Frederick Law Olmsted, Plan for the Back Bay Fens, 1887
Source: Wikimedia Commons
Within the essays and conversation that make up Landscape Theory (see my previous post), there are many interesting comments that could serve as the basis for posts here, but I'll just pick one example for now. In the course of the seminar Anne Whiston Spirn observed that we no longer perceive some works of landscape art as having been designed and constructed. Frederick Law Olmsted's plan for the Back Bay Fens, for instance, was 'the first attempt, so far as I know, to construct a wetland. Olmsted proposed the Fens as a combination of utility and beauty, a restoration of polluted tidal marsh flats to serve human needs. The power of that restoration wasn't lost on people in Boston at the time, but within a generation people forgot that it was constructed.' So, Spirn asked, 'how did Olmsted move from the pastoral, pictorial style he had used in Central Park, to the idea of reconstructing a marsh? Well, Martin Johnson Heade had been painting coastal marshes north of Boston. Perhaps his paintings influenced Olmsted. Certainly they must have contributed to public acceptance of Olmsted's revolutionary proposal.'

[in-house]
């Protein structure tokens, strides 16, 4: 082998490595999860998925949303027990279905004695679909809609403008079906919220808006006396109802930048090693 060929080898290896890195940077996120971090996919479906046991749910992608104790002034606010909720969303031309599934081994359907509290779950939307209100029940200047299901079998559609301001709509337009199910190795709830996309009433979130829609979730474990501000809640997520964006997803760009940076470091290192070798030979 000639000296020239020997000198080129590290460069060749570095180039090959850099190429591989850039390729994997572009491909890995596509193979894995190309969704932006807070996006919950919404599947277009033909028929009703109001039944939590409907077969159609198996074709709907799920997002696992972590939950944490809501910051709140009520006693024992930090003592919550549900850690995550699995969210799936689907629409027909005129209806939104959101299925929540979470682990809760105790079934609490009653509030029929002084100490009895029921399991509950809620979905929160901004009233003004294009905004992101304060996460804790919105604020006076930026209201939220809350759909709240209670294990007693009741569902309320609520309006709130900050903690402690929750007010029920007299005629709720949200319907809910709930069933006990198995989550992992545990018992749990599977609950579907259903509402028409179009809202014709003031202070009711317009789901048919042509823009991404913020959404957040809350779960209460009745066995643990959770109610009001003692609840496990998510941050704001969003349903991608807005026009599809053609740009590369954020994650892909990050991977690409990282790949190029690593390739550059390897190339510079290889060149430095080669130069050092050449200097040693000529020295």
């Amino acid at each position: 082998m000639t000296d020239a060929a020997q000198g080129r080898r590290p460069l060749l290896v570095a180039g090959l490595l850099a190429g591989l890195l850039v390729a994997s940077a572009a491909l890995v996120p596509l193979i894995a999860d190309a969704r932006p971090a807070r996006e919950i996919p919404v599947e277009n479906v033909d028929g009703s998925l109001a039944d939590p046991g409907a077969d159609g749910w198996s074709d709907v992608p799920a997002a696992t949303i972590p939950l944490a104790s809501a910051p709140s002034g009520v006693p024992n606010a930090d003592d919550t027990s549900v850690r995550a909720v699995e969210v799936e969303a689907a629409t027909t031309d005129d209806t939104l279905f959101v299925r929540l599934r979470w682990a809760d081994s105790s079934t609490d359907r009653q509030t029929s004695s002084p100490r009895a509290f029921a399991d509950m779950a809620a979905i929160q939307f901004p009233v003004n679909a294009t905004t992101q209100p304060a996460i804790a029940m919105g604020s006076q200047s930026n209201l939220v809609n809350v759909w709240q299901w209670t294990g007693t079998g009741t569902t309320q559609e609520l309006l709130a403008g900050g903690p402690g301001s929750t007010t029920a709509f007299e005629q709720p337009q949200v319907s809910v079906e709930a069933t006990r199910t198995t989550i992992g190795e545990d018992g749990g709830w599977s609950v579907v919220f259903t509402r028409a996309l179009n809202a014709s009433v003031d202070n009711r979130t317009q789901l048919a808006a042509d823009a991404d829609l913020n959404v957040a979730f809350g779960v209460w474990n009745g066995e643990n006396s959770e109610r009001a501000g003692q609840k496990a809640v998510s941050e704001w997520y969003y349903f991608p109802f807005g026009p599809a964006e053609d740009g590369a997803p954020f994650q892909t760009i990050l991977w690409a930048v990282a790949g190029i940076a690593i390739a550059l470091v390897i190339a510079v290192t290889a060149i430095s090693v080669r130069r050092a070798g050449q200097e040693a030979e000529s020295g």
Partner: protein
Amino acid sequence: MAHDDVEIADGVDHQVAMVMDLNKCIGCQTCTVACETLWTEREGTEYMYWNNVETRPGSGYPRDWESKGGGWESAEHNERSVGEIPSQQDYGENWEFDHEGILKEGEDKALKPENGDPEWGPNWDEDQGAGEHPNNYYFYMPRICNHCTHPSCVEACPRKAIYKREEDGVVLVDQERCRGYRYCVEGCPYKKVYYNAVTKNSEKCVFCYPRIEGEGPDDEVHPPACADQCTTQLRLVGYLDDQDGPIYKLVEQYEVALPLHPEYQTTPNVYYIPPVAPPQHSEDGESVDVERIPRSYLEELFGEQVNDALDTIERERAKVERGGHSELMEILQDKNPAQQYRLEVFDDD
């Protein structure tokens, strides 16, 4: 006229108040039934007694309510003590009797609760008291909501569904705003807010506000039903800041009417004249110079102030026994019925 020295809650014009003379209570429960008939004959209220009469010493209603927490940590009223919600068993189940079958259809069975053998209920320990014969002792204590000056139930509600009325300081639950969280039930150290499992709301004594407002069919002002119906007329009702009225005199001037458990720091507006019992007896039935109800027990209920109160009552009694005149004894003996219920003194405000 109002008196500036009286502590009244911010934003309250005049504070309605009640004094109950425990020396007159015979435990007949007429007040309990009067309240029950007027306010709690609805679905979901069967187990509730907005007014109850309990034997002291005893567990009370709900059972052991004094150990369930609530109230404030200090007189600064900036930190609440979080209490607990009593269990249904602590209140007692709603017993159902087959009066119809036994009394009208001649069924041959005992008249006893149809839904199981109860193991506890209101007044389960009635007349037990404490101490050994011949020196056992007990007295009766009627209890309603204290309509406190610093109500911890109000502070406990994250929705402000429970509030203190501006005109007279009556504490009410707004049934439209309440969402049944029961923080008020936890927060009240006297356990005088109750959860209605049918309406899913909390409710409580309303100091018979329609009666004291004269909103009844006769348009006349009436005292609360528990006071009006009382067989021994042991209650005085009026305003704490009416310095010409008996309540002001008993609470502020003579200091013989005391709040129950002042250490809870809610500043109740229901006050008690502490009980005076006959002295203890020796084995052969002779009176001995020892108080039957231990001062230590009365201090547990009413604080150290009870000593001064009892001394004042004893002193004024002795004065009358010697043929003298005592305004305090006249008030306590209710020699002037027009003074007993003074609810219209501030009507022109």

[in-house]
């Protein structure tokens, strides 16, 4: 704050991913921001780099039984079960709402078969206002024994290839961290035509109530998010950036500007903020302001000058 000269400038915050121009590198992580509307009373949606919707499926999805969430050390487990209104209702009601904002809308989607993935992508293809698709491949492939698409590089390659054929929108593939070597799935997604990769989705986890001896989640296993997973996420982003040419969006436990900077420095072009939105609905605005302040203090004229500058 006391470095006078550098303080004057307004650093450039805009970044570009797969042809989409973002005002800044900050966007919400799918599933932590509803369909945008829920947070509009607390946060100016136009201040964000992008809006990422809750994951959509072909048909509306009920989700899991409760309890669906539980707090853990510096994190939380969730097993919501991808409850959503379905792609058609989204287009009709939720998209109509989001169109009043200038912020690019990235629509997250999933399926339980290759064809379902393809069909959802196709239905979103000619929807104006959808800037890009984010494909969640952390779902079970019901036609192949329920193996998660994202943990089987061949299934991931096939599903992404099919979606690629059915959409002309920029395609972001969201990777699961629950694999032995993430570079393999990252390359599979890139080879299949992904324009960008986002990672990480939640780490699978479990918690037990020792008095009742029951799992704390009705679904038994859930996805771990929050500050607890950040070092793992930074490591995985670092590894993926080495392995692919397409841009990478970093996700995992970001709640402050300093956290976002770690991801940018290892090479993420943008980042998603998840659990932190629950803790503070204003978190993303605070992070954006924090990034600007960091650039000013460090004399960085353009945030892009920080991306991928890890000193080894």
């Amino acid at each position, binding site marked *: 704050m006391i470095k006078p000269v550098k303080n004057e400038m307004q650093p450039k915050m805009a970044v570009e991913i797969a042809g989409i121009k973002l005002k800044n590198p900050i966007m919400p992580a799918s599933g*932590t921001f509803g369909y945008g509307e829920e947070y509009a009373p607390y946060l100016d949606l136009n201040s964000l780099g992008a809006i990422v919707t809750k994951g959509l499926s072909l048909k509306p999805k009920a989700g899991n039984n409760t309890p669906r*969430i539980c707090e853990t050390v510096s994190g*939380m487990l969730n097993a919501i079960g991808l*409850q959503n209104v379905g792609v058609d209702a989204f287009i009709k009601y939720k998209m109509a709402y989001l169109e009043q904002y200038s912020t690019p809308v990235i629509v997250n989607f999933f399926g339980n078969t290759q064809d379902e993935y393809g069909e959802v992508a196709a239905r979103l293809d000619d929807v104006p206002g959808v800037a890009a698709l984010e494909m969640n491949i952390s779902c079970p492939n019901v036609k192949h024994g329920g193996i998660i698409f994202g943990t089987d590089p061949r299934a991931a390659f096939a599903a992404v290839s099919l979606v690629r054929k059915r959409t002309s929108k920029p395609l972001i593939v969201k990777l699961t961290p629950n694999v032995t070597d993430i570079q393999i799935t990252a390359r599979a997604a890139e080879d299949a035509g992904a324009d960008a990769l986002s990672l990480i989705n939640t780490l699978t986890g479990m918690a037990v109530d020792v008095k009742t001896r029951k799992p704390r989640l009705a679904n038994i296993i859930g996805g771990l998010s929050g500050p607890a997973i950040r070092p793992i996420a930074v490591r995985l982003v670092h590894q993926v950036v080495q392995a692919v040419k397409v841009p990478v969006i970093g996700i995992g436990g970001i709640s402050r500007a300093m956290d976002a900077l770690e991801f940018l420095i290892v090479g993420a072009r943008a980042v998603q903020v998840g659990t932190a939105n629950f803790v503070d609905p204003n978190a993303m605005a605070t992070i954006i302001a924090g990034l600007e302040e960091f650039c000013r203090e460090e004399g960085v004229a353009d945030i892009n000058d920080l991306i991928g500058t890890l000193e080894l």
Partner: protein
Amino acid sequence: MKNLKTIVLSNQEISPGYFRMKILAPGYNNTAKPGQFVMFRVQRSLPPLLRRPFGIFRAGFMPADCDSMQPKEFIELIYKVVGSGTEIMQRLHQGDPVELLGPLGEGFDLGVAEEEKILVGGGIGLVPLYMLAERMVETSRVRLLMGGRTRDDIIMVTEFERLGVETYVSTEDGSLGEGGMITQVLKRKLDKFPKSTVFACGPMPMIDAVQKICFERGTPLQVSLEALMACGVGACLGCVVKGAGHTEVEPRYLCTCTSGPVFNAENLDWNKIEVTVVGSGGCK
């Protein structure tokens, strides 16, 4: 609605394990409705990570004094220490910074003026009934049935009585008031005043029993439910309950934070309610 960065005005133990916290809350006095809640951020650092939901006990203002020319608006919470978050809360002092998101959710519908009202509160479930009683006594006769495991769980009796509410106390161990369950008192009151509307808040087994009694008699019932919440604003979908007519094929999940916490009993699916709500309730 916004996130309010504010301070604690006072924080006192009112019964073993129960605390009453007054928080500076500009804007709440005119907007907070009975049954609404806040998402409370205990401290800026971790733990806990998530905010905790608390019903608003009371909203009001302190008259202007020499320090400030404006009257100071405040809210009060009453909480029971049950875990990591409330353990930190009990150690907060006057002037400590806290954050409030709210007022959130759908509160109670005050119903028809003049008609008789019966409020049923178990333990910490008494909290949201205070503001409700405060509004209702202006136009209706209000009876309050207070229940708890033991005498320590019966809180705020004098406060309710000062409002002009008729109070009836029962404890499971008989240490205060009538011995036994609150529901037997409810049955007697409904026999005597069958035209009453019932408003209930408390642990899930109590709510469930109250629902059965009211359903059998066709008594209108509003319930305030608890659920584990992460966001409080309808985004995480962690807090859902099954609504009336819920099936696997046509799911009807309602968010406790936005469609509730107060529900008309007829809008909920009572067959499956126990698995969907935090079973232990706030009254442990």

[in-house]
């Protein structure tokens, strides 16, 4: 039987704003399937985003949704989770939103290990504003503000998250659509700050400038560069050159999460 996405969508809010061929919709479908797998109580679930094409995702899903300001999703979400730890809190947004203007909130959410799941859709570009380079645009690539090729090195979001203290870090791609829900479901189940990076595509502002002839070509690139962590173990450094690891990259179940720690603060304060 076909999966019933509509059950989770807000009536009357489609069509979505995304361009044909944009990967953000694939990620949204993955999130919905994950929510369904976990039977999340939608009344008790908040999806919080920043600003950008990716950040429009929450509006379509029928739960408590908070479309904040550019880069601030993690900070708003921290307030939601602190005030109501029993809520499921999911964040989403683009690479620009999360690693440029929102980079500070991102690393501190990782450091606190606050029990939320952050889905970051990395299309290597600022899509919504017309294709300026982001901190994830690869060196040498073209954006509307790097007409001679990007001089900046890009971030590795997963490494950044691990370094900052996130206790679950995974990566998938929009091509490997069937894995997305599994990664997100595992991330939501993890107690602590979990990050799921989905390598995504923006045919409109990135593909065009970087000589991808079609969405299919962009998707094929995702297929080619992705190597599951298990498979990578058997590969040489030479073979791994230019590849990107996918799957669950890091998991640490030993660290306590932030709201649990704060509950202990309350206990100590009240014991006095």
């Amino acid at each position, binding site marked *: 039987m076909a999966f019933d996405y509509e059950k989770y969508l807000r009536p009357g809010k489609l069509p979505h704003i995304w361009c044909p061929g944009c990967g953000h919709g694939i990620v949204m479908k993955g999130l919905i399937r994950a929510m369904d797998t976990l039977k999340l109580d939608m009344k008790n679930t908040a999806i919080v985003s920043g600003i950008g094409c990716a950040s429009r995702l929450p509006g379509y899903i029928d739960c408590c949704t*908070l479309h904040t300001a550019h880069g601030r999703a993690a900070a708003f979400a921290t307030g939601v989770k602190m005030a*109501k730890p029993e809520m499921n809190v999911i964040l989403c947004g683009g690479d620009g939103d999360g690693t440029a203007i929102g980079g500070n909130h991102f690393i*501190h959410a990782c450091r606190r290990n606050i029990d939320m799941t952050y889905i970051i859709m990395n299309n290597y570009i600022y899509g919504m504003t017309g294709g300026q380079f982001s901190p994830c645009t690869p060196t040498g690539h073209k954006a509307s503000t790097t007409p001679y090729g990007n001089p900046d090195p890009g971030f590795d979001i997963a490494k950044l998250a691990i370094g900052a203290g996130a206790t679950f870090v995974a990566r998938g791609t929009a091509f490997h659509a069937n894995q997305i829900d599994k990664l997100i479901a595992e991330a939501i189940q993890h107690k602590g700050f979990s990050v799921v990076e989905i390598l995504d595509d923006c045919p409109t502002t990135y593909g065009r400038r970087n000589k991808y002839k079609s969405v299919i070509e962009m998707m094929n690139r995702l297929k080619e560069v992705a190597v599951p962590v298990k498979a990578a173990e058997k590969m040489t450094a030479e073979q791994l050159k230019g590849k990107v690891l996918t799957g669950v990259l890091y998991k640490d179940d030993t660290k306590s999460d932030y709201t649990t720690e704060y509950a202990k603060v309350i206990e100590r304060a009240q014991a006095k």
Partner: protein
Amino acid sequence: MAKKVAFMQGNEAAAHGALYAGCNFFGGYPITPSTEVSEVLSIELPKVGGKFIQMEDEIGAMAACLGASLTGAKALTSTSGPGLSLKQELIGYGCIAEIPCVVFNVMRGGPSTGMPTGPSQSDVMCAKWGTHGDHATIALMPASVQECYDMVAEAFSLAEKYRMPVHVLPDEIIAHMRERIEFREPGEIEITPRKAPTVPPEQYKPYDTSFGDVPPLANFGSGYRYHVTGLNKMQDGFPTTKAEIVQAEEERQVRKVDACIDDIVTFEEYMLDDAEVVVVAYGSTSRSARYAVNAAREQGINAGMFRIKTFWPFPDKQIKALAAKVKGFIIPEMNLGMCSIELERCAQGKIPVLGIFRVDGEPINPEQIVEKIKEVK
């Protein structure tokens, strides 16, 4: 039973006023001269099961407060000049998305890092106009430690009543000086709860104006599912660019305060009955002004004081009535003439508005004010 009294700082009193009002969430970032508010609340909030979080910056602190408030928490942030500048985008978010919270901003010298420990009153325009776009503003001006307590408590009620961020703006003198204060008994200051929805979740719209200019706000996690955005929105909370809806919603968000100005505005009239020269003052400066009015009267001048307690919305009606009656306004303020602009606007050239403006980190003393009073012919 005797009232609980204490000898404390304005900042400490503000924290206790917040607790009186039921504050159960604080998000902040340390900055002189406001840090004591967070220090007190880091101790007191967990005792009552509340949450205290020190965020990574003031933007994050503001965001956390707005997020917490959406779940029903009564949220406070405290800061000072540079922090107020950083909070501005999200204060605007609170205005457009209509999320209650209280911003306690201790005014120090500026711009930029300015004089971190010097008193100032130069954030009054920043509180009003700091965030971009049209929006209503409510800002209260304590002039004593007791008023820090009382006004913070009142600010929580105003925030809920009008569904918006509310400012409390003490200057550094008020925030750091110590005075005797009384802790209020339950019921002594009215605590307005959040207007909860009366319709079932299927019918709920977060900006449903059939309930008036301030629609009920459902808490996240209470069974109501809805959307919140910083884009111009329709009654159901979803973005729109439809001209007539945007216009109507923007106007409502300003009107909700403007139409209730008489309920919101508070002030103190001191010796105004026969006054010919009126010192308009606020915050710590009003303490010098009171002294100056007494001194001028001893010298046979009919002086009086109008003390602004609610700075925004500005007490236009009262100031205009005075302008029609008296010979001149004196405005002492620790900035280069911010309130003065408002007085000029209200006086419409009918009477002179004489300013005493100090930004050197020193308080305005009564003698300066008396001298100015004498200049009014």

Martin Johnson Heade, Marsh with a Hunter, 1874